Buried Alive, or How Singing Helped a Girl Survive Three Days in the Grave

Despite the fact that Mackle tried to distract herself, she was constantly visited by terrible thoughts. She got much worse after the batteries in the lamp ran out. Despair increasingly began to roll over the girl:

It should be said right away that Gary Crist chose Barbara not by chance. He needed a man for whom a ransom would be paid, but there was one more condition. The kidnapper chose a victim in good health who could survive several days of captivity underground. He was not mistaken, and the girl passed this test with honor, having lain in the coffin for more than three days.

Buried Alive, or How Singing Helped a Girl Survive Three Days in the Grave

Krist and his accomplice sent a letter with a picture of Barbara to her father, Florida real estate developer Robert Mackle. They demanded a ransom of $500,000, which today is $3.5 million (265 million rubles). Of course, the father agreed to pay the appointed amount. But by the time the criminals agreed with him to transfer the money, Barbara had been in the grave for two days.

The first attempt to transfer money was unsuccessful. The kidnappers were frightened off by a random police car in a conditional place. Nevertheless, the law enforcement officers, sitting in ambush, managed to examine the car of the kidnappers. The second time the transmission also failed. The girl's parents were horrified - every minute they hoped less and less for a successful outcome.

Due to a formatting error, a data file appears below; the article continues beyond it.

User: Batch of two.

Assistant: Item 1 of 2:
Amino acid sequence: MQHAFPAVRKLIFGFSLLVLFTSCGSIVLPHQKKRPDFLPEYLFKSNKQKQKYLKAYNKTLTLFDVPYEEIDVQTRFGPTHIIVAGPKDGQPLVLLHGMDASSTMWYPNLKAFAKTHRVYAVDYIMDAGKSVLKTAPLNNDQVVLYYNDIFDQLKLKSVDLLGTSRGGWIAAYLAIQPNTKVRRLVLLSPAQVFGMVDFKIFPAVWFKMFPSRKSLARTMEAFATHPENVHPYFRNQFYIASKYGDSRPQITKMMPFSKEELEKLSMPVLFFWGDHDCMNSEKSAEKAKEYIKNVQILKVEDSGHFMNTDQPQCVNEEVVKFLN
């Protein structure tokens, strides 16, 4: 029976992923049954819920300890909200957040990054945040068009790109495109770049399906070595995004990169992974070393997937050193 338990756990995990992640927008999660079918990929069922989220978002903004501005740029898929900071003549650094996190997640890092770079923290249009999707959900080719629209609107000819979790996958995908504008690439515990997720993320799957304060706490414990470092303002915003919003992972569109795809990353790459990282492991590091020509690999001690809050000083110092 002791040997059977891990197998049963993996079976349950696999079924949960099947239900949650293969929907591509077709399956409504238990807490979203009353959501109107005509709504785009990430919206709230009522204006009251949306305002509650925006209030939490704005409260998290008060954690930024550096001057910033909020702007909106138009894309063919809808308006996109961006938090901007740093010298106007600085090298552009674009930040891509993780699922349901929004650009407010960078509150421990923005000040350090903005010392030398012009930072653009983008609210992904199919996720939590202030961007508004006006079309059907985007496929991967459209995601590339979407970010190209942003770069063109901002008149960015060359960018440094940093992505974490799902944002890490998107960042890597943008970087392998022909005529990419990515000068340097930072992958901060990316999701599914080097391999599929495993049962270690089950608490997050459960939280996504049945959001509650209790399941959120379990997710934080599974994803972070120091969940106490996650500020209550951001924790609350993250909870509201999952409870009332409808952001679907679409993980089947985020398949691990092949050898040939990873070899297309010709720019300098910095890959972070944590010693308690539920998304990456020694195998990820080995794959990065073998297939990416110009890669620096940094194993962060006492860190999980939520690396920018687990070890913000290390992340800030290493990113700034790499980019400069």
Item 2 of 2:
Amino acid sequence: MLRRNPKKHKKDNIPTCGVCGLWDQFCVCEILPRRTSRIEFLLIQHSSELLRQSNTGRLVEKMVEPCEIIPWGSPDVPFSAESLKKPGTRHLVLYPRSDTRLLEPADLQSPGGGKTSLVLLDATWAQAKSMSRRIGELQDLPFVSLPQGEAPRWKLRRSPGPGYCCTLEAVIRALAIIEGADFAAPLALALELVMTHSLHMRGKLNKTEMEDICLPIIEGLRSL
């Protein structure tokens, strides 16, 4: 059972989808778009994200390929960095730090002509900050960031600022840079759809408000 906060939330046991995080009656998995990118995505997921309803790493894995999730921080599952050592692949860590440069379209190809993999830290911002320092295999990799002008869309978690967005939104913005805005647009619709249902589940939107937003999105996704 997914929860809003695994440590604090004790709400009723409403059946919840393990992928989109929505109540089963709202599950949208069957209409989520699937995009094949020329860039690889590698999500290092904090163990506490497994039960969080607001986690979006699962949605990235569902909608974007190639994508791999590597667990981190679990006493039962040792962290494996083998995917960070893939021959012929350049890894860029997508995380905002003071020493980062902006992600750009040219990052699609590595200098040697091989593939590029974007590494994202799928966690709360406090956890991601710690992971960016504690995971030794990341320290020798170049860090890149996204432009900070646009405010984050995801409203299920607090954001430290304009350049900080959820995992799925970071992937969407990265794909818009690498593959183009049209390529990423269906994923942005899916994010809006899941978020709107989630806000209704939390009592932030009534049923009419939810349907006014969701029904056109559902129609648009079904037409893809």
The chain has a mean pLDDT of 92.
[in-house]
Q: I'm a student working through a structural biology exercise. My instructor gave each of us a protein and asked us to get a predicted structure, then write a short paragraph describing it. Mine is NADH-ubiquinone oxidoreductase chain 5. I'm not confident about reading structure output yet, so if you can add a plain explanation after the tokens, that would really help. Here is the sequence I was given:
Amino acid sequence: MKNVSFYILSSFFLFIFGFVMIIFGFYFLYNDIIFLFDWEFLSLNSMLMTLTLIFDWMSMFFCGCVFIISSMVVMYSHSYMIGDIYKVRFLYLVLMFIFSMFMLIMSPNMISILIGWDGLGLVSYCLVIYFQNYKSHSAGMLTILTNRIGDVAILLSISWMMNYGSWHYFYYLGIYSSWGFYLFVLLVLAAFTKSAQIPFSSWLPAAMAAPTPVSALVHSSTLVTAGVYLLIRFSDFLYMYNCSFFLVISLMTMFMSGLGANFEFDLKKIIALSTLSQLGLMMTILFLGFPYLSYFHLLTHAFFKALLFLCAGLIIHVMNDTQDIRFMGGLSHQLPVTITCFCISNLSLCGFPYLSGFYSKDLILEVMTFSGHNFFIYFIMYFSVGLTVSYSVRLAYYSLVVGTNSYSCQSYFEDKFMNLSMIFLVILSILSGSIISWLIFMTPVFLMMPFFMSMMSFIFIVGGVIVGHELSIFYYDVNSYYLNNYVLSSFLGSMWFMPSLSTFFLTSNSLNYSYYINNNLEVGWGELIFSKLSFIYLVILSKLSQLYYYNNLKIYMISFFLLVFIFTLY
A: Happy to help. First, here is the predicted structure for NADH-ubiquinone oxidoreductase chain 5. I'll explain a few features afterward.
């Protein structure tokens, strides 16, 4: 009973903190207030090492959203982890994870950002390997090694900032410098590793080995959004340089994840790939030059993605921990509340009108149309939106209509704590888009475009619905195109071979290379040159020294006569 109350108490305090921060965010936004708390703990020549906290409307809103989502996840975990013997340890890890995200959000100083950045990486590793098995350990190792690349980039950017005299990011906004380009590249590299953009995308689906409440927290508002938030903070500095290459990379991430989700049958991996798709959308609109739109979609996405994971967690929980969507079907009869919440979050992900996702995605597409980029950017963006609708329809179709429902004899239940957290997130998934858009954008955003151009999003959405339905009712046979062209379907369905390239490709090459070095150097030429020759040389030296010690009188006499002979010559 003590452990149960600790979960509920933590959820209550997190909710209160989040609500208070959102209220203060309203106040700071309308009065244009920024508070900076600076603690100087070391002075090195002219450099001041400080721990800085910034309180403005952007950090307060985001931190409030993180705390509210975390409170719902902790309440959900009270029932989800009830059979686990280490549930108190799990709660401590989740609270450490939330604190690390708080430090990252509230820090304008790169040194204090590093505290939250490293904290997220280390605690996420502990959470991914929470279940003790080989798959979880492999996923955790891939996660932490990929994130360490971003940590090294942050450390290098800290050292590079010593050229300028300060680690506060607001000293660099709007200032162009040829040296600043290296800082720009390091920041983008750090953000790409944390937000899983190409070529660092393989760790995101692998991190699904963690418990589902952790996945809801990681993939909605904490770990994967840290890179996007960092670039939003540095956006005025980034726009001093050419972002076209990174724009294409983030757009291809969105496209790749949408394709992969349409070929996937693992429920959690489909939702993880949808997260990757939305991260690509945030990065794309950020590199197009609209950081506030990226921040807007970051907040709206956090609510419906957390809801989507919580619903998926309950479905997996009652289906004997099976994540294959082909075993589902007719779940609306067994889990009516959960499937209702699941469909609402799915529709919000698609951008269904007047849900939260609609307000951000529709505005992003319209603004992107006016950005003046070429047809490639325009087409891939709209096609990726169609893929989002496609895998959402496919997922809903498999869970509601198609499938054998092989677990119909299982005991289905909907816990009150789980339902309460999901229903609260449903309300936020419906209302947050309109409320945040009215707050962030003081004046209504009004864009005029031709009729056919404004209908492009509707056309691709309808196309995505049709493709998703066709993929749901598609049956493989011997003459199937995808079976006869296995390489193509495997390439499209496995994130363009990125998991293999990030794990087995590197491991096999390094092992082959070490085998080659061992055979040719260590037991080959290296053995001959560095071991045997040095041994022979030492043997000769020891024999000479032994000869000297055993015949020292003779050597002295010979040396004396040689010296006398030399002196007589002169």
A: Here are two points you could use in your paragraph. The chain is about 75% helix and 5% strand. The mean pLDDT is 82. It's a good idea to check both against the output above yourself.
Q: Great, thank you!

Buried Alive, or How Singing Helped a Girl Survive Three Days in the Grave

But the police and the FBI wasted no time. They managed to find out that the criminals' car was registered to a certain George Deacon. Having found out who this person was, the investigators realized that the first clue had appeared. Deacon made a living by producing ventilated boxes. It soon became clear that Gary Christ was hiding under this name. After that, the identity of the second criminal, Ruth Eisemann-Shir, was also established.

During the third attempt to transfer the money to the kidnappers, everything went smoothly. Robert Mackle was never told where his daughter was. But it didn't matter anymore. The FBI agents were able to locate the place where the villains had set up their headquarters, and nearby they found a mound of fresh earth that looked like a grave. When the lid of Barbara's box opened, her first words were to the federal agent: "You are the most beautiful man I have ever seen." The girl was emaciated, but completely healthy.

Buried Alive, or How Singing Helped a Girl Survive Three Days in the Grave

The thieves were soon arrested. They were tried and Krist received 10 years in prison, and his partner Ruth - 4 years. Surprisingly, this was the last conviction of professional criminal Krist. Having fully served his term, he tied up with the past and trained as a doctor. Ruth Eisemann-Shir, having been released, left for her homeland, in Honduras.

Barbara Mackle has had a good life. She married her boyfriend Stuart and had four children with him. The couple still lives in Florida and is already raising grandchildren. Barbara Jane Mackle's book, 83 Hours Till Dawn, written shortly after the monstrous story, became a bestseller and has been translated into many languages.